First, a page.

Even for whales of the same species, different crews have different tunes. Leroy had to determine whether Chagos was unique enough from other pygmy blue whale songs in the area to constitute a new herd. 

After comparing the Chagos tune to other pygmy blue whale recordings and other whale species, Leroy says she firmly believes the signature melody belongs to a new population of pygmy blue whales. 

The Chagos song was picked up at five of the six hydrophone locations between 2002 and 2018. These pings provided enough information that the authors determined the pygmy pod migrates clockwise, moving East to West between June and January. Their habitat ranges from the central Indian Ocean near Sri Lanka to the Northeastern corner by Western Australia. 

Understanding the undersea composers 

While the study of bioacoustics can pinpoint and discover a new population of blue whales, there are some drawbacks. For example, microphones can’t count the number of whales in a herd. That’s because hydrophones can distinguish two or three unique songs, but anything more starts to become indiscernible.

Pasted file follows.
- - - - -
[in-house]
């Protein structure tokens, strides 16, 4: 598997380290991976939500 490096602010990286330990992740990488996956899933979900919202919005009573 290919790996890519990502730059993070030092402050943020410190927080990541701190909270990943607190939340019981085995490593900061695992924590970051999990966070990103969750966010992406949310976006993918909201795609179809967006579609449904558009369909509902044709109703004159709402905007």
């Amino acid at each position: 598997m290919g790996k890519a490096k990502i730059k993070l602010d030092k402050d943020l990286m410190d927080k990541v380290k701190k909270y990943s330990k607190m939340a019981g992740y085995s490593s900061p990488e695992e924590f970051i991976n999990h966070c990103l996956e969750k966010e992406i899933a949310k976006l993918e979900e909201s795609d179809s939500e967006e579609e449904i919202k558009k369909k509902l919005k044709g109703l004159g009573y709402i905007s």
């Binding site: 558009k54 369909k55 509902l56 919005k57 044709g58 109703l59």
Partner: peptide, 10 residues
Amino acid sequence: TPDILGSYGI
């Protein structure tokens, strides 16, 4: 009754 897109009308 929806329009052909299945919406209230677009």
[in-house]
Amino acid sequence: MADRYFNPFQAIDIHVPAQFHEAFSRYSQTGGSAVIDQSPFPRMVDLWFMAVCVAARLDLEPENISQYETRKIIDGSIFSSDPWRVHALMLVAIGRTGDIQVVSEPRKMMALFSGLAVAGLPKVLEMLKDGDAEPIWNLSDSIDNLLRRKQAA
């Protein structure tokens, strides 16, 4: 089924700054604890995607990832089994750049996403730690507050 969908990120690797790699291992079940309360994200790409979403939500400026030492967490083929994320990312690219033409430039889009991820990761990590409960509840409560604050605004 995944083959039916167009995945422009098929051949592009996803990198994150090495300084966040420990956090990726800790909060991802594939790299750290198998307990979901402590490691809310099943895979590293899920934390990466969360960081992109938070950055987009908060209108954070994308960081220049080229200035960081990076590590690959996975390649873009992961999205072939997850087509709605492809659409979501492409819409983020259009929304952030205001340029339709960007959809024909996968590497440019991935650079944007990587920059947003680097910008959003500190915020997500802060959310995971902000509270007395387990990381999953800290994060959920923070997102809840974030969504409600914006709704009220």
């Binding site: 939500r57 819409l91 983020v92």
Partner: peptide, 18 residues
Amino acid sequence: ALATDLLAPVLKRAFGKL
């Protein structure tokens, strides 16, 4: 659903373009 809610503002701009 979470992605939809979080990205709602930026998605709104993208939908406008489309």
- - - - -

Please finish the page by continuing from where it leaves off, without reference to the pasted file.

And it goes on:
“If there are like four, five, or six whales singing at the same time, you can’t see anything. It starts to be like whale soup,” Leroy says. “However, we know there are a very large number of songs so we can say it’s a whole group. Yet, we have no idea if it’s 10 whales or a hundred.” 

[Related: Carcasses are the best clues we have for these mysterious whales.]

The next steps to discovering these hidden whales would be to set sail and try to observe the new population in real life. But, Leroy says there’s no future plans yet due to the high cost.